Sunday, October 23, 2011

Vanzant Aerodrome

About nine miles north of our house is the small Vanzant Airport. It's a grass landing strip on some of the highest ground in the area. It's a bit of a local attraction. People go there to watch the planes take off. They even sell hamburgers, hot dogs and cold drinks.

Another reason people go here is to take plane rides. You can hire bi-planes and even gliders. Rides range from 15 minutes up to an hour in length. This is why there is always a plane taking off.
I would like to take a ride in one of the bi-planes. Today the weather was perfect. Blue skies. Perfect temperature. No wind. I checked into taking a ride, but they were booked up for the day. Oh well, there is always another day.

Parker is still young enough to be a real cutie pie.

Monday, October 10, 2011

The Greatest Show Off Earth!

We traveled to Albuquerque, NM last week for a short vacation. It was the 40th annual Balloon Fiesta, billed as the Greatest Show Off Earth! The last time we visited the Fiesta was 4 years ago. Payton was three. He's now seven and Parker is three.

The weather wasn't favorable the first few days. We did get to see some of the special shapes 'glow' Thursday morning, but the wind picked up canceling all flights. The next three sessions of the Fiesta were canceled due to rain. Saturday morning was beautiful. It was a bit nippy and in the fifties, but we bundled up and did just fine. After sun up the National Anthem was played and the flag raised to begin the Greatest Show Off Earth. No land based flag pole would due for the flag raising.Parker was very excited seeing the balloons. He absolutely loved seeing them. Neither Kathleen or I remembered to bring our camera so we had to rely on crappy cell phone pictures.
Many of the balloons have major sponsorship. Below are the State Farm and US Bank balloons. Look in the background at the Sandia Mountains - click on the picture to enlarge it. Overnight 6" of snow blanketed the mountains.
The shark balloon was new this year. It was really nice looking. Apparently many of these balloons are made in Brazil. These manufacturers bring newly made balloons to the Fiesta not for the enjoyment of the crowd, but to sell them. The shark balloon is currently for sale, but I don't know for how much.
The Nightmare House has been around for awhile and is still a nice looking balloon. Its creation was inspired by a haunted house toy.
I like looking up into the balloons as they fly overhead. I think it is neat seeing inside these flying things.

The special shape balloons are the largest with some being around 120,000 cubic feet. I'm not sure, but I think that's about 4 or 5 average sized homes. It is kind of fascinating to see a balloon inflated. They use a small, but still quite powerful 3' propeller fan to cold inflate the balloon first. At this point the balloon is laying on the ground with its basket on its side. The basket is tilted up slightly and the burners are ignited to start heating the air inside. A balloon's burners put out a lot of heat. You can be 20' away and feel a hot blast when those babies lite up. As the air inside heats up the balloon starts to stand up. Up and up it goes until it starts to lift off. Final prep is completed, the pilots egg the surrounding crowd on and up and away they go.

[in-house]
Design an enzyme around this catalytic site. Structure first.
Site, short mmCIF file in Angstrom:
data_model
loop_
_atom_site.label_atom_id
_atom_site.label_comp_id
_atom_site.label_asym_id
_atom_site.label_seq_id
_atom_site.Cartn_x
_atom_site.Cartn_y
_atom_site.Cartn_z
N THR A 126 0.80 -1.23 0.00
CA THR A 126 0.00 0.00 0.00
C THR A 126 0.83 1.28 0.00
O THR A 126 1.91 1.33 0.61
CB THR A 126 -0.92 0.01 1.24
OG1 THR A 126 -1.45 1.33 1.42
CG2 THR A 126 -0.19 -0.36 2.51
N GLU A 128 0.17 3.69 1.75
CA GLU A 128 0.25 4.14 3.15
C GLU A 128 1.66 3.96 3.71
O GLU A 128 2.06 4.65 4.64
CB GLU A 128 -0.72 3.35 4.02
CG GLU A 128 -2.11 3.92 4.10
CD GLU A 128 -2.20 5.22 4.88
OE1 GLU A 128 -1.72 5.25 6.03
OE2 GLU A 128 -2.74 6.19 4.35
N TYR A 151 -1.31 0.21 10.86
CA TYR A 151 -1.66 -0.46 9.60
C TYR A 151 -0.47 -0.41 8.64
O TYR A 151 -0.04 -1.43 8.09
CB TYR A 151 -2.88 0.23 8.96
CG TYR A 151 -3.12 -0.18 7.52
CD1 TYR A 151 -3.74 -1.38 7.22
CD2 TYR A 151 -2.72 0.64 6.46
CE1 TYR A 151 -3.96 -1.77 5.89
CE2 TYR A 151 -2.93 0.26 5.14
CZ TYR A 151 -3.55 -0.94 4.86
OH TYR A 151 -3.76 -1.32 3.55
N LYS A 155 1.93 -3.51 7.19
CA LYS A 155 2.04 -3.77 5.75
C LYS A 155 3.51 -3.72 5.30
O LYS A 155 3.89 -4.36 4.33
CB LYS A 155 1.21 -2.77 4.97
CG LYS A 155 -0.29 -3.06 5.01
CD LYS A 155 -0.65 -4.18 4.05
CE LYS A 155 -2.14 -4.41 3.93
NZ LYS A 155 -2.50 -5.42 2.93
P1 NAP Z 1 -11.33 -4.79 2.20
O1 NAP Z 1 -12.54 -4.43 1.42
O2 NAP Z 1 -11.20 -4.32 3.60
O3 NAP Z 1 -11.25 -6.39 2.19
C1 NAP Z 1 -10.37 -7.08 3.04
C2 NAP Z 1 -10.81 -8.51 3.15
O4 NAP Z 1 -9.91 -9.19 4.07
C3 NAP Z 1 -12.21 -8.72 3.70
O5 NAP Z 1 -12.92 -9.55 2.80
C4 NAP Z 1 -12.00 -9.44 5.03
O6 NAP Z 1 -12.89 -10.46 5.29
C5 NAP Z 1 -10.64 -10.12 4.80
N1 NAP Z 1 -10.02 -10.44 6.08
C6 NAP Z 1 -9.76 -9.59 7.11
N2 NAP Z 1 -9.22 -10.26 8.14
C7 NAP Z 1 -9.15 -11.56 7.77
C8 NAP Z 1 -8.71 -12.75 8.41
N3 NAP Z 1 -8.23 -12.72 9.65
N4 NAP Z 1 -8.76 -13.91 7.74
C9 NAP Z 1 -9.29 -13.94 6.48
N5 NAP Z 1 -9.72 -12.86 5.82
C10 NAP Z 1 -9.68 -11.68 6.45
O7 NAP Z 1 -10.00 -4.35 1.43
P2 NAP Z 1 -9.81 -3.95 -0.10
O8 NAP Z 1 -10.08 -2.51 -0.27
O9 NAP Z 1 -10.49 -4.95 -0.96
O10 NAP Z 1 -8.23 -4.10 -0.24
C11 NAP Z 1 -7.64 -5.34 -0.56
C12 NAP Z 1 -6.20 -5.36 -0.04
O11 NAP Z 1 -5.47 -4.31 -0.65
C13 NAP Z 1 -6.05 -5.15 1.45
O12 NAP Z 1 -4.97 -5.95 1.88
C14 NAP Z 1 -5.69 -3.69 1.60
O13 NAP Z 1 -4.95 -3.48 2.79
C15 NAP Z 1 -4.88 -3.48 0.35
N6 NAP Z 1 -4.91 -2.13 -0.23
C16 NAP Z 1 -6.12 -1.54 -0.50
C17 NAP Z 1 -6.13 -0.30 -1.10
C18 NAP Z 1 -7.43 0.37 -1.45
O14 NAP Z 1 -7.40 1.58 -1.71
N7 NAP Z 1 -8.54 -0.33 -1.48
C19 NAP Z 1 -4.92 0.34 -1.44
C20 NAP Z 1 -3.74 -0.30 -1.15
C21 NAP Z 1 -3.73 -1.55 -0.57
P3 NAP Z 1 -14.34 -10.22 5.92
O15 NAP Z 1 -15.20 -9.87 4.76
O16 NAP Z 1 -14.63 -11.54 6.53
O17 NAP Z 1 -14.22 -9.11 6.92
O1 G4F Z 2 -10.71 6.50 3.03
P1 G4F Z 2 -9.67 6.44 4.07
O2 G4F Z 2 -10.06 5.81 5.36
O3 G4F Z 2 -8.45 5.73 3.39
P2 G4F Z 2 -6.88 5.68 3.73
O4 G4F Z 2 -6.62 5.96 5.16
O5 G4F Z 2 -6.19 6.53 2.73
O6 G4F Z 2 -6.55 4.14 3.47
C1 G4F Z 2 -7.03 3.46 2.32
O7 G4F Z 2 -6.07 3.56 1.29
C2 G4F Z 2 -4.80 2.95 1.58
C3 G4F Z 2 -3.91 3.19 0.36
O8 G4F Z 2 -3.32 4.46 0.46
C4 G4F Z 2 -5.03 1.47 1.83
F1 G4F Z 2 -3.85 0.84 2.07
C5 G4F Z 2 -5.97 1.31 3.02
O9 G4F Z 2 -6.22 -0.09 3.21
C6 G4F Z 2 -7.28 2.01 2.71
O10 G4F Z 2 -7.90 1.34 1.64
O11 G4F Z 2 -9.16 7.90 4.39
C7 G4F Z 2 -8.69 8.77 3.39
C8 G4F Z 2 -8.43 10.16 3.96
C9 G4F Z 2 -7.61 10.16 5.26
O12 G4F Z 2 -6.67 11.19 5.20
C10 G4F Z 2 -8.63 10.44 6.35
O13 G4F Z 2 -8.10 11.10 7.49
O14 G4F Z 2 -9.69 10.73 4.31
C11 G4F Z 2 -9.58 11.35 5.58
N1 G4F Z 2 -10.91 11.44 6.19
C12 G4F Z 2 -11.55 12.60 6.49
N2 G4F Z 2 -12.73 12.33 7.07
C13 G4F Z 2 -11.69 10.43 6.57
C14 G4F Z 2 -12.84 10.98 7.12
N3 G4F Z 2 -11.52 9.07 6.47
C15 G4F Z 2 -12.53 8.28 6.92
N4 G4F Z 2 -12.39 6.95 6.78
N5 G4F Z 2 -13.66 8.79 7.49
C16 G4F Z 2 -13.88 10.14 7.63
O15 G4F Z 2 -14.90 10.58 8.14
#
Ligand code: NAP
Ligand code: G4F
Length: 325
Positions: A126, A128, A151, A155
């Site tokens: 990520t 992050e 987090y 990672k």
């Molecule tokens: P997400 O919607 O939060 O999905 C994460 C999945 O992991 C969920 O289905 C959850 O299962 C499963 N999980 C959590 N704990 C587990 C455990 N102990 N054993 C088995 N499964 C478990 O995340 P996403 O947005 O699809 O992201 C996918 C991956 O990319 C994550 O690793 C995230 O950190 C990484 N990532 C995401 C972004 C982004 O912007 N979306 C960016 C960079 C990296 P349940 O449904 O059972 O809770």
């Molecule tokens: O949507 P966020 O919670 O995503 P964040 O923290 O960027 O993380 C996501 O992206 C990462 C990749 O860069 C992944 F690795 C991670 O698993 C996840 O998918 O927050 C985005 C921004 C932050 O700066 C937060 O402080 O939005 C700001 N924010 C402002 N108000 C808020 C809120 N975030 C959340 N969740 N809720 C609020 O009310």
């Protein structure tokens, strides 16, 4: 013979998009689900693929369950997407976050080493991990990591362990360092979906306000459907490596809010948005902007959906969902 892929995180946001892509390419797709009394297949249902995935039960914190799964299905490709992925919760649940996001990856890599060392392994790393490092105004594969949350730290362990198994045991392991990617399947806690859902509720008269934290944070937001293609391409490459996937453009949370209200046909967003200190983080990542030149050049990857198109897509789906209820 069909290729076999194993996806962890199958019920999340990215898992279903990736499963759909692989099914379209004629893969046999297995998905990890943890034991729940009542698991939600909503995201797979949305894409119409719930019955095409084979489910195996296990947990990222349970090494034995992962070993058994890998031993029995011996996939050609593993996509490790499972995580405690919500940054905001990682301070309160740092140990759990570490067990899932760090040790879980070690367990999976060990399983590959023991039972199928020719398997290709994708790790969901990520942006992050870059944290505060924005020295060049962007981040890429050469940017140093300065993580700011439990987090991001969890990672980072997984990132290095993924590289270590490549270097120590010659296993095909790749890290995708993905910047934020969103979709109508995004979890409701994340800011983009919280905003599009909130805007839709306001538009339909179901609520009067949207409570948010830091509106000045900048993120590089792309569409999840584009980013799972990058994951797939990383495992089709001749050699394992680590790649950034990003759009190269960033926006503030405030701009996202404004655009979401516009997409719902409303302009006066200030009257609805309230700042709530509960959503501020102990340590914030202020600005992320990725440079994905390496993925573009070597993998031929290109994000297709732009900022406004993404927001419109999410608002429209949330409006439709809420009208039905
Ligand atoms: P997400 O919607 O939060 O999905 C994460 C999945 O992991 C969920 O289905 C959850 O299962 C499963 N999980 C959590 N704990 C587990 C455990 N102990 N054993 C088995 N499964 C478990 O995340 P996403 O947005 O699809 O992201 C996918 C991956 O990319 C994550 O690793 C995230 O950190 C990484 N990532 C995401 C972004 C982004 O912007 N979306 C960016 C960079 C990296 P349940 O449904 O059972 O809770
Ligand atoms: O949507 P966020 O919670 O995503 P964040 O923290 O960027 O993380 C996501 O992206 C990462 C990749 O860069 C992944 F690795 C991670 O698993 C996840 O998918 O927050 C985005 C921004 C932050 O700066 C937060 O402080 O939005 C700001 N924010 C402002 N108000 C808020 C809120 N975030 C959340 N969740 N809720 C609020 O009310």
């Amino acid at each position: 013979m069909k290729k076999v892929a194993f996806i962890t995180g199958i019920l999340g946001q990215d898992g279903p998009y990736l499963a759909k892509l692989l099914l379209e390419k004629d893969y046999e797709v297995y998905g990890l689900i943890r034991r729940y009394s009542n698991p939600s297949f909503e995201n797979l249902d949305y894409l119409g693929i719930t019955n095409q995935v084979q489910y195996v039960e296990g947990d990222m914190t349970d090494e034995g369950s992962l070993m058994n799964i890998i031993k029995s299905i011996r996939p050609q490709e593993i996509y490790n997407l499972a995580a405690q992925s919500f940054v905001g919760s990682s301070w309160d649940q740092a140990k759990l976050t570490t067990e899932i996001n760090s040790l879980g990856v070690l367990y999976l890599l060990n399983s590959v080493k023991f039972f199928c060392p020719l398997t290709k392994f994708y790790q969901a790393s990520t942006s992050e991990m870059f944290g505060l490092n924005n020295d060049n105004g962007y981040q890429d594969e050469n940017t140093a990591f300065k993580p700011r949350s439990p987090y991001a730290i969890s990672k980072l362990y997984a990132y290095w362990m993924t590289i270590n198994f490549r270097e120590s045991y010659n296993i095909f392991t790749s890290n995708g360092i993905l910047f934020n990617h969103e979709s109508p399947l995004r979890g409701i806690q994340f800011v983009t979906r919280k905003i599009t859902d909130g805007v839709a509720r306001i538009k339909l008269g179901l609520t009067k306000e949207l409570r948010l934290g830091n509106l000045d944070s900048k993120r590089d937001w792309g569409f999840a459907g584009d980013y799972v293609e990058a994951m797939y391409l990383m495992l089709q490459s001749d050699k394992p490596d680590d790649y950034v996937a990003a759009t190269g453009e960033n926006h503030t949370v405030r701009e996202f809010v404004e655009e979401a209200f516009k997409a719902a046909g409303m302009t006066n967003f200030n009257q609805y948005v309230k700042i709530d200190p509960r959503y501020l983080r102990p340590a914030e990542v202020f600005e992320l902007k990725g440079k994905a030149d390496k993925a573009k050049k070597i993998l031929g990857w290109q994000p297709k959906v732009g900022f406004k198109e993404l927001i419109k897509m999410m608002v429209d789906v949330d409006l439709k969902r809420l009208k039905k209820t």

Like any other show there are always exhibitors. One such exhibitor was NASA. Payton got to sit in a real F-16 flight simulator. Lordy lordy there are a lot switches in planes. Using their displays I made Payton into a 60's experimental test X-15 test pilot. They had a neat photo booth to get your 'Commander' picture taken too.
We take advantage of the park and ride buses. We think it is really the best way to and from the show. The morning sessions start quite early. Sunrise is at 7am so you need to be there by 6:30. You can't see the balloons glow unless it is dark. Getting there by 6:30 means getting the boys up around 5:30. That's mighty early. Getting up that soon means nap time comes early. Below is Parker on the way home Saturday morning around 10am. He was sound asleep and drooling on the seat.
After getting back to our car we headed to the Sandia Peak Tramway. Remember that snow I mentioned? That's where we were headed. At the base it was sunny and in the mid fifties. Four thousand feet up it was 20° with winds up to 20 mph. Buurrrrrr.
It took about 15 minutes to get to the top. It was indeed cold and there was lots of snow. The air was great. Cold, crisp and very clean smelling. It was refreshing. The clouds came and went. Sometimes letting the sun peak through, sometimes not. The boys had fun playing in the snow. Cold as it was it wasn't too cold to play in.
The city of Albuquerque spreads out 4000 ft. below the peak. There is a restaurant at the peak - the world's highest full service restaurant - called High Finance. I don't care for the name but that is what it's called. Kathleen and I are going to have a sunset dinner there on our next trip to the ABQ.

Saturday, October 1, 2011

Another drag of a day

I don't mean what you might think. Today I went to the drag races at Maple Grove Raceway near Reading, PA. It is another NHRA venue close to home. I went by my lonesome as I'm not sure a full day of drag racing would yet peak Payton's interest. Hopefully it might next year. I was lucky - as was the event and all the other fans - that it didn't rain. It was cold overcast day. It misted for a short period. The rain held off though I did drive through some on the way home.
Though the weather wasn't the best for the spectators, it was great for the cars. Race cars are faster in cooler weather. The air is more dense so the engines get more oxygen. A hot track is slick whilst a cool track has more grip.